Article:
We were hiking in the Catoctin Mountain Park recently and I couldn't help but laugh about a situation we had about two years ago during one of our hikes in this gorgeous National Park system area. It was the day of the great big rattle snake!
The Rattle Snake
Our hike was over and we piled into the car, ready to get cooled down and relax on the drive home. We didn't have too far to travel. We lived somewhat locally and had both grown up in the general area surrounding this beautiful park. We hadn't gotten far from the parking lot when we saw a huge rattlesnake crossing the road. I had never heard the rattle of a rattlesnake and it had been discussed quite a few times that we wished that I would hear one in a safe environment so that I would immediately know what it sounded like were I to ever encounter one in the wilderness during one of our hikes. Without thinking we decided to stop the car and get out so that I could hear the rattle from a safe distance.
Very conveniently there was a pull off on the side of the road. I whipped the car into that pull off, watching the snake the whole time. We jumped out of the car and made our way to a safe distance from the snake. IT was watching us, but was never threatened enough to shake it's rattles in a warning. I snapped a few pictures but nothing. We were not going to push our luck, so we walked the few feet back to the car. That is when I realized my mistake!
Big signs dotted the edge of the turn around. The stated 'no stopping at any time' and big signs prohibiting any pictures being taken. Oooops! How could I forget that Camp David was nestled in these woods. I grew up in this area, I know about this fact but I had somehow just let it slip my mind in my quest to see the snake. We laughed about our snafu and quickly left the area and drove toward home.
The Park Police
We didn't even make it a half mile down the road before I saw a park police car sitting beside the road. I knew that they were there because of me. The pulled behind me and followed me. I laughed about how I could make a run for it and I could be out of the park before long. But I knew that was not to be. I knew that I was getting pulled over and furthermore, I knew that it wasn't REALLY the park police that would be pulling me over.
Sure enough, before long the lights flashed on. I was caught! I pulled over and remained calm. It was after all a mistake, even if it was a mistake at a federal level of security. Two 'park police' men got out of their vehicle. The were dressed for serious business. Flak jackets and numerous weapons, definitely NOT park police standard issue. One came up on each side of the car and they asked us to both put down our windows and I began to answer questions and I tried to not laugh when they tried to skirt the issue and use euphemisms instead of calling it Camp David.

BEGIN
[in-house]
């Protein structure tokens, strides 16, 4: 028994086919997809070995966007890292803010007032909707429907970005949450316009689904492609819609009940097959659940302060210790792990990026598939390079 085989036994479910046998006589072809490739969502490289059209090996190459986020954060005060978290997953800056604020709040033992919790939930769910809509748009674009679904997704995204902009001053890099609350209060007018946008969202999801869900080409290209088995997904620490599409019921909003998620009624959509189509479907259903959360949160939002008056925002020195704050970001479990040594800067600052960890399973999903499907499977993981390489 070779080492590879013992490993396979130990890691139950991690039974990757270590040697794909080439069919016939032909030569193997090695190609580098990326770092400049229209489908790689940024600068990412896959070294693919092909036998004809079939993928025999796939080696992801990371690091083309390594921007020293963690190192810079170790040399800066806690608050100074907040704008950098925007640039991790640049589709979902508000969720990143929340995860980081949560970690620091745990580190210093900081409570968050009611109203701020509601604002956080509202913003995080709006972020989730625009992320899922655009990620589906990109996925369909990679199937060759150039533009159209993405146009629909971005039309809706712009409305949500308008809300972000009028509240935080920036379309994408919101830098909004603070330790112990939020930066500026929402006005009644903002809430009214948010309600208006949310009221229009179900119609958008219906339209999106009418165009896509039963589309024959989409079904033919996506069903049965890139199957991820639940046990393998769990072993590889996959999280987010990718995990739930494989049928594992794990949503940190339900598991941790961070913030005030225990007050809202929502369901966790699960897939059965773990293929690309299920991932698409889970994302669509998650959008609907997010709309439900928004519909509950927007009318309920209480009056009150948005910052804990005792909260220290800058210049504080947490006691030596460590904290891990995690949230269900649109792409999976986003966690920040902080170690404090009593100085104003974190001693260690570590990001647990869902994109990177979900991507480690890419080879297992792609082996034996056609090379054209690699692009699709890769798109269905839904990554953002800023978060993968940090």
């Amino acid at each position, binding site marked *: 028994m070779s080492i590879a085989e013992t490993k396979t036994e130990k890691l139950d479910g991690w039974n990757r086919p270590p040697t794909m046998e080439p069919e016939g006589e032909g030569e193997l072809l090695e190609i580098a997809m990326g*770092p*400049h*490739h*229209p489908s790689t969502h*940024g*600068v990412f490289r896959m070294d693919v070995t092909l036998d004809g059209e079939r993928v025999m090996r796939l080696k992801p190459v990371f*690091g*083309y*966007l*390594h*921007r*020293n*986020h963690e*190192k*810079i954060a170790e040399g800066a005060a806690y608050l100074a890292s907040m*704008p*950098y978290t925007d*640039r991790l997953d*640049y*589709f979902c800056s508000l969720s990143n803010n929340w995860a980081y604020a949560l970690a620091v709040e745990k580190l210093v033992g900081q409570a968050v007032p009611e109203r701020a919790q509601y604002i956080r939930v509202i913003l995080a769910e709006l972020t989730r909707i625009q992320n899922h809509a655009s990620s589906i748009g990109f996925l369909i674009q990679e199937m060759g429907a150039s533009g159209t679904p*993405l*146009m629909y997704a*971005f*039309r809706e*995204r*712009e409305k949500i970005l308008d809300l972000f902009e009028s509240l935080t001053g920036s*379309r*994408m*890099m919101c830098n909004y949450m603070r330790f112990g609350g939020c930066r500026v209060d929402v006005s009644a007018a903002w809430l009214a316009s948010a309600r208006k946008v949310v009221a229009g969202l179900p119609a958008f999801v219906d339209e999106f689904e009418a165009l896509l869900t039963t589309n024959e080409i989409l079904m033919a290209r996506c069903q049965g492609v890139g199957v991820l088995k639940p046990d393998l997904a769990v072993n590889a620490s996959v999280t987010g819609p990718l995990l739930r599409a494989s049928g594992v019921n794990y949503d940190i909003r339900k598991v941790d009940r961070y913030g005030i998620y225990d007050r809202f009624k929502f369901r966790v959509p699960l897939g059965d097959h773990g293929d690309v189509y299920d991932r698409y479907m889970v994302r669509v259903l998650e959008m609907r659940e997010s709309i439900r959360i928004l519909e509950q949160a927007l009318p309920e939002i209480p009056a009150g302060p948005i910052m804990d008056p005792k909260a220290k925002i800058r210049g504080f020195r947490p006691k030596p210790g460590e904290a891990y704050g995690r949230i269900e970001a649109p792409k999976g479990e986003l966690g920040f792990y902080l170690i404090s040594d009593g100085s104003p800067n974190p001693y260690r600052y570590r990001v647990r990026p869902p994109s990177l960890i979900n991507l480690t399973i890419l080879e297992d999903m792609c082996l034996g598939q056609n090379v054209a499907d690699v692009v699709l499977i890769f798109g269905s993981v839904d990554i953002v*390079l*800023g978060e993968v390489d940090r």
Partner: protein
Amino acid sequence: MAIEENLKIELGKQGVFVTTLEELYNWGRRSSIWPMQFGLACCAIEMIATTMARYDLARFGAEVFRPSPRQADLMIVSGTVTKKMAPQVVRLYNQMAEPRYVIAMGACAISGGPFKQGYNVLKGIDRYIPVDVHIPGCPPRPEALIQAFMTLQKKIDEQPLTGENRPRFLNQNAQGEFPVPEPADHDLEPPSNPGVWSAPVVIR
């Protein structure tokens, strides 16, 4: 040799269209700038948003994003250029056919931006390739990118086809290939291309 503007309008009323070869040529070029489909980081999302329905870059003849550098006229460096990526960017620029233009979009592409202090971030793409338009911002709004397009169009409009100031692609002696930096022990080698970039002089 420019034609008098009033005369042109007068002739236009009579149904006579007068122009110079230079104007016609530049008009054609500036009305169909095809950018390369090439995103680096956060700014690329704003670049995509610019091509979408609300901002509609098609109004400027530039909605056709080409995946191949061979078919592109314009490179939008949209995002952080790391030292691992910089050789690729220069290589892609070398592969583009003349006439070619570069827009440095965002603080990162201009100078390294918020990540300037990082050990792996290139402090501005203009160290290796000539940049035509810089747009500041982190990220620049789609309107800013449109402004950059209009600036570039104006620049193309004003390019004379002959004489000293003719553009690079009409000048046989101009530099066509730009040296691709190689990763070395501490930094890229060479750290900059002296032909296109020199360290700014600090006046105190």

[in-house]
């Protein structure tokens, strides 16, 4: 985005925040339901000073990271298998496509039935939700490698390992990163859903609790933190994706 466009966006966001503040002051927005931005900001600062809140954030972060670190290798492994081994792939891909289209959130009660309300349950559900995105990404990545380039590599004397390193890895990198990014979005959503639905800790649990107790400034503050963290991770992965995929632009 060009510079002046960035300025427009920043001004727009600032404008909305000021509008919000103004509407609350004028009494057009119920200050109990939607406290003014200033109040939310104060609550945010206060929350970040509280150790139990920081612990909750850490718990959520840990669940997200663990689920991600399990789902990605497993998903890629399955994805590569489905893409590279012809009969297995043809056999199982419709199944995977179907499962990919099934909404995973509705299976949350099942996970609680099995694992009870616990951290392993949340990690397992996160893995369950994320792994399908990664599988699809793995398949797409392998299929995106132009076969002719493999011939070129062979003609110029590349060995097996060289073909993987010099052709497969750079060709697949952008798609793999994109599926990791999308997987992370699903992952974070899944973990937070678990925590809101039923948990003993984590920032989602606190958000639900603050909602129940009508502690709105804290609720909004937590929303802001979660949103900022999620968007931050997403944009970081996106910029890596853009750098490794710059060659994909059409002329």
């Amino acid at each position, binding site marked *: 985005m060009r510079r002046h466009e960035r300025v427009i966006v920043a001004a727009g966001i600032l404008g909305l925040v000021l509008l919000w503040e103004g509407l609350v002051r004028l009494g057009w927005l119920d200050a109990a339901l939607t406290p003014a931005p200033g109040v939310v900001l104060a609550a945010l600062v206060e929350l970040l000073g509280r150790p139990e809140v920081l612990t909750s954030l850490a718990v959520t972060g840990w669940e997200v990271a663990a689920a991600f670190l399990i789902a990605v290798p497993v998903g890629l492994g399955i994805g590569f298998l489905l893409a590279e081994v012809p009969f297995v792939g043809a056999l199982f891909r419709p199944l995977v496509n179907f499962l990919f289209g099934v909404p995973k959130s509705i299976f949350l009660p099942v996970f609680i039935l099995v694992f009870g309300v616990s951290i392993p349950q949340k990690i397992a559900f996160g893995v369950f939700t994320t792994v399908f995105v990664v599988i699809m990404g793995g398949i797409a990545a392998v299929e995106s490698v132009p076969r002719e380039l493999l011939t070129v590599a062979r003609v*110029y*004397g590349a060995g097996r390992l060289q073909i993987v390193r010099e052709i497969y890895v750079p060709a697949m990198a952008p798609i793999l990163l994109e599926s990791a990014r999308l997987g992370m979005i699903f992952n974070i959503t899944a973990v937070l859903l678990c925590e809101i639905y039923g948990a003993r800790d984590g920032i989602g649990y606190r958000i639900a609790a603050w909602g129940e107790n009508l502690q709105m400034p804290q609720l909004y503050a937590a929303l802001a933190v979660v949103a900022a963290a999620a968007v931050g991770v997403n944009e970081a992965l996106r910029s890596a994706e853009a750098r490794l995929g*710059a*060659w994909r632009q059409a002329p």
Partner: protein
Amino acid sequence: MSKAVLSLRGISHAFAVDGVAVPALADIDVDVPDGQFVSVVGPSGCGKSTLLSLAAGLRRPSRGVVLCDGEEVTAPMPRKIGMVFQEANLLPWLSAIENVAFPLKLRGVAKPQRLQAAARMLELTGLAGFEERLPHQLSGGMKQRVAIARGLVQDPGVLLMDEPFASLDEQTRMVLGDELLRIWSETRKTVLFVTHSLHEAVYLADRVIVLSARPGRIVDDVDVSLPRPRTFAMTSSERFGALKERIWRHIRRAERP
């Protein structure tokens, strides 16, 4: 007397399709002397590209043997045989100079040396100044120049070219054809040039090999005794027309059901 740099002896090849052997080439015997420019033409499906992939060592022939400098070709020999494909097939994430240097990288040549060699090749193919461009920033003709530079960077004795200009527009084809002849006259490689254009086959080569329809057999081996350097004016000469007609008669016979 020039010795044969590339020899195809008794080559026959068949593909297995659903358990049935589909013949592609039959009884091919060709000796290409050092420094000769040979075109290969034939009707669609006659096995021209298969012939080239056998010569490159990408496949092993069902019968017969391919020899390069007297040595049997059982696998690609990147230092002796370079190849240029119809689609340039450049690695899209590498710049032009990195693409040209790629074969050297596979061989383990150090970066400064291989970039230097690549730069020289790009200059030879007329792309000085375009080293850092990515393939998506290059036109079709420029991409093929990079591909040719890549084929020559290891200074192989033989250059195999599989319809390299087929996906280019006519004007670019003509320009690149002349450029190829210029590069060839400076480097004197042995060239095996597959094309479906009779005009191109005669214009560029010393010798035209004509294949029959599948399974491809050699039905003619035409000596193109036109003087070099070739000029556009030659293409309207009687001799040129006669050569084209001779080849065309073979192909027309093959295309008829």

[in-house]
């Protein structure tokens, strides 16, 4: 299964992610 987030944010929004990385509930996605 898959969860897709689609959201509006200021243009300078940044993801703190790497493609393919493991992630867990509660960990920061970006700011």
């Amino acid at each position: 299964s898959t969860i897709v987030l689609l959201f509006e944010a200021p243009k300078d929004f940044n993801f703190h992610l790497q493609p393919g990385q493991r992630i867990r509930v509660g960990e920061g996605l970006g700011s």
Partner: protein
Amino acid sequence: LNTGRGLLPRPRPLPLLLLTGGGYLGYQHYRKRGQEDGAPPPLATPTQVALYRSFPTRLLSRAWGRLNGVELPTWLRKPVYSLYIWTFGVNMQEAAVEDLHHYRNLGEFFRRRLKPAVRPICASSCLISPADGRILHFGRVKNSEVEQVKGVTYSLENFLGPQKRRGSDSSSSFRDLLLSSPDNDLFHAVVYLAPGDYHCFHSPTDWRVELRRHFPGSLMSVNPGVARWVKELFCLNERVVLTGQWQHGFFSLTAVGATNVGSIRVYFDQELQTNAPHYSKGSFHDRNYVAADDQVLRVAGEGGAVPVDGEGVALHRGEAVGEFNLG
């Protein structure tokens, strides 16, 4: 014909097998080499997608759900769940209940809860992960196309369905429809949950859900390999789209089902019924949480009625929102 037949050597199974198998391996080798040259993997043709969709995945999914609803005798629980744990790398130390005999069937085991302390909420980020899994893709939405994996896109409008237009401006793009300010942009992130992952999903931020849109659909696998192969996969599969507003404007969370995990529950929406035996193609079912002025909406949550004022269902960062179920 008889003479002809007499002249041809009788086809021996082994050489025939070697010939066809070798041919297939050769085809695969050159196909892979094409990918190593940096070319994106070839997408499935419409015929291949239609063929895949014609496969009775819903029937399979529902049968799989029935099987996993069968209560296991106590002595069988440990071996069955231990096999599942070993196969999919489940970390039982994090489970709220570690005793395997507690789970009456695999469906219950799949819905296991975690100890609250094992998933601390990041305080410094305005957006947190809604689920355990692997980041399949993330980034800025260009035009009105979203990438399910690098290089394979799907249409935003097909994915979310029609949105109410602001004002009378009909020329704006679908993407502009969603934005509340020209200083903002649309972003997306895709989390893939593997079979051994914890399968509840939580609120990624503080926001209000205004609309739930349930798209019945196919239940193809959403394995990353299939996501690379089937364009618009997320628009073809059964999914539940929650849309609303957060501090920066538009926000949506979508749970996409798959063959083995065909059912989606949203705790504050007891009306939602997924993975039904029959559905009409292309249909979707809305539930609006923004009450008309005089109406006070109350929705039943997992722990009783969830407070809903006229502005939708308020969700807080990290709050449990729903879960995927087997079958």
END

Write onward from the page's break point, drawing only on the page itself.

"NO sir, I didn't pay attention to the signs until it was too late, my mind was elsewhere"
"Yes sir, I actually do know that there as you call it a 'military installation' in these woods'.
"Well you see sir, I was just trying to see a snake"
"Yes, I did take pictures with my cellphone"
They actually took my cell phone and inspected the pictures that I took. They could see when flipping through that we had been hiking on valid trails and to allowed places just a short time before. But it was still nerve wracking.
They finally let me drive away. It was obvious that I had just been thinking about one thing and not paying attention to my actual surroundings. We had a good laugh that day, but I know that in the future I will need to be careful. I am sure that my name is marked in some database system and a second infraction may not go as easily!
We were in the area of the New River Gorge National Park for our weeklong vacation. We wanted to see everything that the area had to offer. We had a list of things that we definitely wanted to see. But we also had a list of places that would be ‘nice’ to see if we were able to work it into our week. The Sandstone Waterfalls were one of the items on the it would be nice to visit list.
Sandstone Falls is the largest waterfall in the New River Gorge National Park. It has a drop of about 15-20 feet. This waterfall spans the width of the New River, a width of 1500 feet and is divided by some islands. Located in the southern region of the New River Gorge National Park, Sandstone Falls would be easily to overlook. Many people associate the New River Gorge National Park with the New River Gorge Bridge and that would be an apt description. However, this National park offers so much more. There is hiking, abandoned towns, history and multiple waterfalls. The park is spread out over quite a few miles making some of the points of interest quite a distance away. The drive from the New River Gorge Bridge to Sandstone Falls took about an hour. It was a drive through gorgeous mountains and the last portion of the drive will take you along the edge of the New River. There are some places to pull off and take in the view of the river. We did this and as always the power of the New River blew our minds. One could just sit on the edge of the river and let the rumbling sounds of the rushing water soothe all worries.